1923 Suffolk Free Press newspaper archive

January 4th 1923

18 months ago three building firms in Sudbury were employing 140 men, the week before Christmas the same firms were employing 10.

January 25th 1923

The opening of the New Year was a disastrous one for Sudbury with a terrible fire in the early hours at Cross Street with four families being made homeless and no fewer than 24 people were affected
It was due to the strenuous efforts of the fire brigade that the outbreak did not involve other premises, the premises destroyed were No’s 50-51-52-53 just at the foot of Ballingdon bridge.

Gunner Lewis Chinery a parishioner of Gt Henny stationed at Cologne in Germany with the R.F.A. had an unenviable experience in that city on New Years eve, he was on his way back to his barracks when he was attacked from behind by four German civilians, he could not defend himself as he was unarmed, he received wounds over his left eye a broken arm and collar bone and his thumb was put out of joint, he is now lying in the 3rd General Hospital in Cologne and is progressing favourably.

February 1st 1923

At Sudbury corn market there was a moderate supply of wheat at 9s per quarter to 9s 4 ½ d delivered at the mill, this is in sympathy with delivered imported wheat.

February 8th 1923

For sale by order of the Sheriff of Essex-----At Hurral Hall farm at Bulmer near Sudbury on Thursday next. Brick and tile machinery—farm stock—2 pug mills—barrows—wheeling and running plant—tip carts—250,000 roofing tiles—18,000 bricks—4 horses—10 heifers—poultry.

February 8th. (30 years ago) Hundreds of people travelled to Middleton Hall in traps on horseback and by foot to witness the annual coursing meeting, the dogs worked well and hares were plentiful.

February 22nd 1923

At a meeting of Belchamp Rural Council the surveyor reported that the steam roller had been at work in Gt and Lt Henny, Bulmer and Borley, there was great difficulty in obtaining water in Borley it having to be carted from the river up to the Green as the water in ponds had dried up.

Plans were passed for the building of a new bungalow in Bulmer street for Mr Boggis a builder.

March 1st 1923

Football. Walter Belchamp v Henny, played at Henny who won 1-0, C.Nears scoring the only goal of the match.

March 15th 1923

Frederick Sansum 67 a mat maker from Melford was charged with being drunk and disorderly in Ipswich street, Bury St Edmunds, defendant said he came to see a grand game of football, Melford v Stowmarket by excursion train, his daughter paid his fare, he lost the train back home to Melford who also lost.
The chairman said “so you lost all round” we will let you off with a caution so next time”, Sansum intervened saying there will be no next time (laughter).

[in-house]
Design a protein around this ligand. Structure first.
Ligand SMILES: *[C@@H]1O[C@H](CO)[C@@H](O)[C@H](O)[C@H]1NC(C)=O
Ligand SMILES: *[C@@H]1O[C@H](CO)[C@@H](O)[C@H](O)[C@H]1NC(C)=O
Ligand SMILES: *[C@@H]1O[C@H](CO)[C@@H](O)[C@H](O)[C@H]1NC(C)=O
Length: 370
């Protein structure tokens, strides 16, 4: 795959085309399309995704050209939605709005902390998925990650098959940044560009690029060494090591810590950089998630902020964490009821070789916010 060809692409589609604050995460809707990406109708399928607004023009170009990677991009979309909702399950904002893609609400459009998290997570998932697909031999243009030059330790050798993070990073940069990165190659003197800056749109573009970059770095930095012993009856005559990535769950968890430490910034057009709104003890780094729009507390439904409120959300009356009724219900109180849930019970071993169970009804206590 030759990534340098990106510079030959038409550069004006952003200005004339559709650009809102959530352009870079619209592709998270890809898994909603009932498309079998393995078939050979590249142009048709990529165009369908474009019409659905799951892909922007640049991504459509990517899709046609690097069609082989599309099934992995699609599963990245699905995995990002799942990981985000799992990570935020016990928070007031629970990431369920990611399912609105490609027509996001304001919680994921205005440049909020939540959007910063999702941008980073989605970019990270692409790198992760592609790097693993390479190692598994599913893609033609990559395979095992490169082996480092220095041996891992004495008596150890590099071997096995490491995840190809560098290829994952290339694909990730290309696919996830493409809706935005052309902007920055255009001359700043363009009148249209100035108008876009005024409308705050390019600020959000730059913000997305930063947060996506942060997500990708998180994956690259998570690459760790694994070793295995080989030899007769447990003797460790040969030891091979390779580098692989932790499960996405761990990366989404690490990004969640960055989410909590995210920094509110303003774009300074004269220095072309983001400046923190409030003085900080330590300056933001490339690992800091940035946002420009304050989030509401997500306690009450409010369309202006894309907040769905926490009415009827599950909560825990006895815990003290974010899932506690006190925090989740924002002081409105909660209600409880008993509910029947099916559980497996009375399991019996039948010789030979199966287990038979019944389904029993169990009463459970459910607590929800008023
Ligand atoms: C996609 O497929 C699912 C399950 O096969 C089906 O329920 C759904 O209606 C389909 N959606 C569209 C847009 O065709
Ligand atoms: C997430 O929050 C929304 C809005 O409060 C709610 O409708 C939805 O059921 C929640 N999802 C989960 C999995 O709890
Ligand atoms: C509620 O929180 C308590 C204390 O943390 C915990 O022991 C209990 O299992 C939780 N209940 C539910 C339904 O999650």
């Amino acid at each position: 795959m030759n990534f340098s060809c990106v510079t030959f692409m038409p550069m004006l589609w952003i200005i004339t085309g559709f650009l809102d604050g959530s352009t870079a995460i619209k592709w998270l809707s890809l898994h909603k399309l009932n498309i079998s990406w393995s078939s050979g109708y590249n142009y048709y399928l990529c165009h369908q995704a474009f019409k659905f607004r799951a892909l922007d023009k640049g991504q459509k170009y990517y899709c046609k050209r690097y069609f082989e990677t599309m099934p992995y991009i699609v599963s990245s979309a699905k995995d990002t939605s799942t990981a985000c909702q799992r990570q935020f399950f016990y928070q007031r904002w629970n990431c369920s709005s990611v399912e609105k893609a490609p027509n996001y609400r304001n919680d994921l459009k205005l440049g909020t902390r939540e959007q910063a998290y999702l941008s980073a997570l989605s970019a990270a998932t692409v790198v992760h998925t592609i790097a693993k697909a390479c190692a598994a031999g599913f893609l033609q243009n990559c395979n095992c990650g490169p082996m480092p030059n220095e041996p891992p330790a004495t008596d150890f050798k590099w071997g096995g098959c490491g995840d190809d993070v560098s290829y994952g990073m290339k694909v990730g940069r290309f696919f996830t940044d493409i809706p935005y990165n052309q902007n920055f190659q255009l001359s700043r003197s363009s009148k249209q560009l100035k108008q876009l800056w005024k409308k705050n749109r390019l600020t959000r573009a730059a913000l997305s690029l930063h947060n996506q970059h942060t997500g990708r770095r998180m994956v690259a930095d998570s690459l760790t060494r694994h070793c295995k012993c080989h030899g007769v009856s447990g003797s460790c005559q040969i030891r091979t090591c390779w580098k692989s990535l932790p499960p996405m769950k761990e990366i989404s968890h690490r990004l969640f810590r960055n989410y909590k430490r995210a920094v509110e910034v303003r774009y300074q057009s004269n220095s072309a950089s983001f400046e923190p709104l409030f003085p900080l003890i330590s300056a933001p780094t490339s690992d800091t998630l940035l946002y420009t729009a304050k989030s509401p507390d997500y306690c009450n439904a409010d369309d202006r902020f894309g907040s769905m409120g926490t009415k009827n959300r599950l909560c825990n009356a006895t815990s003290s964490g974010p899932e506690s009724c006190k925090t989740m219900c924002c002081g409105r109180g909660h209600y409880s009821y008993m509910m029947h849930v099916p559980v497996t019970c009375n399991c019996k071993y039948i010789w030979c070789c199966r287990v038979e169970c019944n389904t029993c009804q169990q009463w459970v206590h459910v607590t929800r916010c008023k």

March 15th 1923

Diamond Wedding . Mr and Mrs Deeks of Rodbridge, Long Melford, celebrated their diamond wedding on Monday, they were married in 1863 the bridegroom being born in the house where they now live in the hamlet of Rodbridge.
Mr Deeks is now in his 86th year and his wife in her 81st, when about 10 years old Mr Deeks went work at Borley Hall and was on the same farm when he retired, his wages were 9s a week from which they raised a family of six children to clothe and feed, in Mrs Deeks he had a splendid helpmate she adding to the family income by her earnings with a loom, when a child she was apprenticed to a velvet weaver in Sudbury, she carried on the occupation after marriage.
Mr Deeks did not apply for old the old age pension although he qualified and continued to work for Mr Payne until 1909. During the harvest of 1917 there was a demand for virile manhood as the nation was denuded of the labour on the farms, Mr Deeks went back to work full time for 15 weeks his pension being stopped,
Whilst living at Rodbridge he has seen the hamlet grow from 2 or 3 houses clustered around the toll gate to the size it is now, the tollgate was in full operation when they married, one gate spanning the high road from Sudbury to Bury and the other gate prevented admission until the toll was exacted upon all vehicles and animals, the road which branches off at Rodbridge leads to the river Stour and several Essex parishes.

March 22nd 1923

30 years ago. Mr J.Carder who has been butler at Belchamp Hall for 60 years was presented on his retirement with a handsome loving cup, the gift of the Rev J.M.St Clere Raymond and Mr and Mrs S.J. St Clere Raymond, the cup which is of silver is inscribed presented to Joseph Carder after 60 years service at Belchamp Hall.

May 17th 1923

Advert. Gardiner and Bell Motor Engineers Long Melford—repairs to all motors and tractors, tyres etc, cars for hire—official repairers to the A.A.
Advert. Yeldham Auction Market. Messrs Benson and Fish hold a weekly sale of fat and store cattle, horses-swine poultry, eggs and produce of various kinds, no market next Monday as it is a bank holiday.